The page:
So Jesus tries again, repeats his previous words: “Peace unto all of you.” And then he adds, “God has sent me out, rolled away the stone and set me loose from death. Now it’s your turn.  Unlock these doors that keep you buried in this room just the same as if it were a grave. Roll away the stone of fear that makes you a slave to sin and death. Now, I am sending you out into the world. Even death can’t keep me locked away; don’t let fear keep you locked away. You’re supposed to be apostles, aren’t you? And an apostle is one who is sent out. Well, I’m sending you out. Leave your fear behind and get going.”

Jesus will not let them stay snuggly hid away in their safe little bomb shelter. He won’t allow them to remain comfortably separate from the world outside. No, Jesus sends them out into the world, tells them to get past their fear and do the work that they are meant to do.

That same message applies to us today. Jesus is sending us. If we hold on to our fears, allow them to control us, then we will be unable to answer Jesus’ call to us. Change, and disease, and disaster, and terrorism, and death, will keep us bound up in chains that prevent us from doing what God intends for us. Fear will render us useless.

Now, that message might seem a little harsh, a bit unsympathetic on Jesus’s part. Are we being told to just get over it? To pretend that we don’t have any fears? Overcoming fear takes more than just getting a lecture.

Fortunately, Jesus doesn’t leave us there. If fact, Jesus does something absolutely extraordinary. What Jesus does is so amazing, that it is very difficult to understand. If you check your Bible at John 19:22 you’ll probably find something like, “he breathed on them and said, ‘Receive the Holy Spirit.’” That in itself is quite remarkable, but it’s not as simple as it seems at first. Once again, the frailty of the English language fails to capture what is happening in this passage.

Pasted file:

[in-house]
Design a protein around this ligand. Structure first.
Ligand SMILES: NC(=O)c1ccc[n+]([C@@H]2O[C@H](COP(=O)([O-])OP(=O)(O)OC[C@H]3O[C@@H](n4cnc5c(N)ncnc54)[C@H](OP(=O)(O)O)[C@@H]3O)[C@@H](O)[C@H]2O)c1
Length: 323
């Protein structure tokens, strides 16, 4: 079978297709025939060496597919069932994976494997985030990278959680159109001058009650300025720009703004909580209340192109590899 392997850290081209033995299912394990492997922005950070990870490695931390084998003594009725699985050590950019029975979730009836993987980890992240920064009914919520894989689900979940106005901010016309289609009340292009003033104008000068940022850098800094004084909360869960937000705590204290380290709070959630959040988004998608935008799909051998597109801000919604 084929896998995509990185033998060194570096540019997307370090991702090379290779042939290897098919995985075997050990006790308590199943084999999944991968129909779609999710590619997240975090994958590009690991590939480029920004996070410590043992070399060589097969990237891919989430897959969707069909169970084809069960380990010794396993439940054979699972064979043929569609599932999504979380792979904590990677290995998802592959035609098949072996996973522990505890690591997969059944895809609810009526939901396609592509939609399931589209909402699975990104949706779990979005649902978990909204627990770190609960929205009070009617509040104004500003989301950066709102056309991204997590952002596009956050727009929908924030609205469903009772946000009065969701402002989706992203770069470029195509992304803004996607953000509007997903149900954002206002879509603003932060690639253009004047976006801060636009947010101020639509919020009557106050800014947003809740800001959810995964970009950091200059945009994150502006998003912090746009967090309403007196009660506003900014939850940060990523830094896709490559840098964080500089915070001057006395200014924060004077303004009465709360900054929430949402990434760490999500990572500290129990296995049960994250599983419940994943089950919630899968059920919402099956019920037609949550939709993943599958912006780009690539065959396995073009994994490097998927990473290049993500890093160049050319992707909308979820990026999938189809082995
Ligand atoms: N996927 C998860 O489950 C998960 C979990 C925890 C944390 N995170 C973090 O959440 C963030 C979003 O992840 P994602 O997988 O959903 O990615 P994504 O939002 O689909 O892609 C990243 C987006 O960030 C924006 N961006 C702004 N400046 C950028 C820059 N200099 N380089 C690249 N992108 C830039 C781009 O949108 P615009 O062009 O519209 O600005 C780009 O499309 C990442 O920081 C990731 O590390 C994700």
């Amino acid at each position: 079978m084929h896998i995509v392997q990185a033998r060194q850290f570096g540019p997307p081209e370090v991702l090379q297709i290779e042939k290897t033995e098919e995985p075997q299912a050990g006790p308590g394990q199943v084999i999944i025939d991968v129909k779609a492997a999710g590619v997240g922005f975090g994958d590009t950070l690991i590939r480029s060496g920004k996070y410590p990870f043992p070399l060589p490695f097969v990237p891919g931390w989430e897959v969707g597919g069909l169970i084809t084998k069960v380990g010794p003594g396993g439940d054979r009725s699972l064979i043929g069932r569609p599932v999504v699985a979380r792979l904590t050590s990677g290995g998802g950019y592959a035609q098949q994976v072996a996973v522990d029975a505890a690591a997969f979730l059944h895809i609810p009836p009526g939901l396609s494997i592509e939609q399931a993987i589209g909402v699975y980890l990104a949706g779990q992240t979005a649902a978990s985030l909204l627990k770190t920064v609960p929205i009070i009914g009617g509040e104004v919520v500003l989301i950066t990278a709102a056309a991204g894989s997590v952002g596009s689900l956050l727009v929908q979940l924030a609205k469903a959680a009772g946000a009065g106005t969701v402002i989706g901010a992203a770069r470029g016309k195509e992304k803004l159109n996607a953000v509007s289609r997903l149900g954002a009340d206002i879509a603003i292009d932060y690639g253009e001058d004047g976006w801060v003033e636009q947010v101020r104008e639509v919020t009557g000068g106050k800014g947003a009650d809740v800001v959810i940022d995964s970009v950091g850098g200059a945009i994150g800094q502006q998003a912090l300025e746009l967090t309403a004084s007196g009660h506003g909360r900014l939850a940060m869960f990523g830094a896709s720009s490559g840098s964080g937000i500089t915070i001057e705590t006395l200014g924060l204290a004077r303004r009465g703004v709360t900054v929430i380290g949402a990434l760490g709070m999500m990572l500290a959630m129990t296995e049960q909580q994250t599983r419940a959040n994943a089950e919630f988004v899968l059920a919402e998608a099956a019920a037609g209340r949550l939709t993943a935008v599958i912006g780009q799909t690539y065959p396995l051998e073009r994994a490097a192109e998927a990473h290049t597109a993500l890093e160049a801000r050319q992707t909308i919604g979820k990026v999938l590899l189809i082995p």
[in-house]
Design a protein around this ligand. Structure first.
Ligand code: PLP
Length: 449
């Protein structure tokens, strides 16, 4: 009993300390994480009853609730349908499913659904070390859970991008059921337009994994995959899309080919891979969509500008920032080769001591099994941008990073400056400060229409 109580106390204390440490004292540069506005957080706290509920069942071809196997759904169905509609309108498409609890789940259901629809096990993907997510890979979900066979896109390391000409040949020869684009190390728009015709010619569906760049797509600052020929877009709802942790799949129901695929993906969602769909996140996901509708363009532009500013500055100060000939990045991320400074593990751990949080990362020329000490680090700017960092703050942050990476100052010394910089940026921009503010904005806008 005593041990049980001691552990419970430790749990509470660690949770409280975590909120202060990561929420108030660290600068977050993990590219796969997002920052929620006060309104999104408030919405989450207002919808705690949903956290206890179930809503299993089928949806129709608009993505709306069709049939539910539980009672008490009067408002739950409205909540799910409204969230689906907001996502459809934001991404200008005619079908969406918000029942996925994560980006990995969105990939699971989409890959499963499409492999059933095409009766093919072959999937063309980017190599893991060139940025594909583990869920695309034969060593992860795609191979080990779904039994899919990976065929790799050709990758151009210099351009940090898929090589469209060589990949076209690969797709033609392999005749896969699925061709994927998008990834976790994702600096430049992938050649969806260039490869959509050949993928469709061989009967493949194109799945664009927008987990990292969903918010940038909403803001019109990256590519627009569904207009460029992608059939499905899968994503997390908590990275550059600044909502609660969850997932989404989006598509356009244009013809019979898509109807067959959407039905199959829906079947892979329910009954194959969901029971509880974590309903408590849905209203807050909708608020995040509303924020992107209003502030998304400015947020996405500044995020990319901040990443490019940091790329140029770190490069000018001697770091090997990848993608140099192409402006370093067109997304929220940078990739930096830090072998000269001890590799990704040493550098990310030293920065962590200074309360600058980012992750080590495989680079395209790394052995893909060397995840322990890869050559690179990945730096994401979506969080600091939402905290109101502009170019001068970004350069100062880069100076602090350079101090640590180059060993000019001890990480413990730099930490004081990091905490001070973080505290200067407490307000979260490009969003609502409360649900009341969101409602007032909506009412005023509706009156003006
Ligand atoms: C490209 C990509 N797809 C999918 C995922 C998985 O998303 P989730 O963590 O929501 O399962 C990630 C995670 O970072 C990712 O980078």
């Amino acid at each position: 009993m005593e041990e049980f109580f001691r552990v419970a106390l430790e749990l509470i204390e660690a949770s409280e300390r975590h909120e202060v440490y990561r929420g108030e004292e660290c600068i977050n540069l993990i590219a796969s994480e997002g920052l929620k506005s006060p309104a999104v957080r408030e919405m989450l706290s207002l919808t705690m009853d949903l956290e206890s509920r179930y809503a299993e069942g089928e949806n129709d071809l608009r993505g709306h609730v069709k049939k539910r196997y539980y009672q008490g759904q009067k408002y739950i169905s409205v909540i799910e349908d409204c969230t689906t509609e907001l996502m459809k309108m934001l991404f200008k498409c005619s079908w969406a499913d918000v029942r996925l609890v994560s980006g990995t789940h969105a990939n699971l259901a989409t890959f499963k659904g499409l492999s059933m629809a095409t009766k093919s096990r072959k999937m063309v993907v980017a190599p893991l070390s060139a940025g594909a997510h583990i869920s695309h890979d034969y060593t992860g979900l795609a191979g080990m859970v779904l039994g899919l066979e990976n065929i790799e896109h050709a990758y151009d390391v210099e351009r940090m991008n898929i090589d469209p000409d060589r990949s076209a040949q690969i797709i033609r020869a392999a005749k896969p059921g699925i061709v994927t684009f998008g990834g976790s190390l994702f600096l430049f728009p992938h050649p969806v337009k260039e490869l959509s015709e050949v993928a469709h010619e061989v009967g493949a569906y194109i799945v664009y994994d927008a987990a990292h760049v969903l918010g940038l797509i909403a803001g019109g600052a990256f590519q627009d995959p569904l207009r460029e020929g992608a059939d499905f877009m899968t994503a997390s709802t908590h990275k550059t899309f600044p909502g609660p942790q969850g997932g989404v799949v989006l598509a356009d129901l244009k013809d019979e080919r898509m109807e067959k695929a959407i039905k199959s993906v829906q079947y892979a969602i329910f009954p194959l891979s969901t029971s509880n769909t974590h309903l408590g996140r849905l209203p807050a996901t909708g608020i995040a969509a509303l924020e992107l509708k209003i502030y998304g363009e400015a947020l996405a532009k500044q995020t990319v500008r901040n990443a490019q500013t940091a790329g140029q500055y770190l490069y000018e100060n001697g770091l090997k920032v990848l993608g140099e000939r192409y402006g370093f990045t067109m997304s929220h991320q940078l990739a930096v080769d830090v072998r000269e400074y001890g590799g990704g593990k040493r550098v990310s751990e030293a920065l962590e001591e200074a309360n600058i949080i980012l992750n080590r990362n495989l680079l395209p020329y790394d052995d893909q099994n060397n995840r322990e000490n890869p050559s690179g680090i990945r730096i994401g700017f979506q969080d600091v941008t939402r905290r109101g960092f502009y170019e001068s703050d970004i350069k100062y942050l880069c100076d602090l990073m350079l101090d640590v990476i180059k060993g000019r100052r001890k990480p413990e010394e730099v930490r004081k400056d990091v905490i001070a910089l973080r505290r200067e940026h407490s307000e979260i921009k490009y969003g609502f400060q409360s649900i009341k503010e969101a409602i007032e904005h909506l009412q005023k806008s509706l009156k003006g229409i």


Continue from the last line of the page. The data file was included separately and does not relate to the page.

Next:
First, Jesus does not breathe on the disciples, which seems pretty strange already. No Jesus actually breathes into the disciples. The Greek word used here is the exact same word in the exact same form that is used when God breathes the breath of life into Adam in Genesis 2. Jesus isn’t just breathing on them, he is breathing a new life into them, making a new creation out of them, just as God made a new creation by breathing into Adam. Jesus is the Word made flesh, and he is breathing that divine Word into the disciples. He is making them into new beings, creatures filled with the Word and Spirit of God.

And that’s not the end of the mystery. Jesus says, “Receive the Holy Spirit.” In Greek, this can also mean, “Receive a holy breath,” which makes sense since he is breathing into them. Or it can mean, “Understand this holy saying,” which also makes sense, because Jesus is about to deliver a wisdom saying to them. The Greek reader would probably understand all of these meanings to be happening simultaneously. Receive the Holy Spirit, receive a holy breath, understand this holy saying—they are all true to what is happening.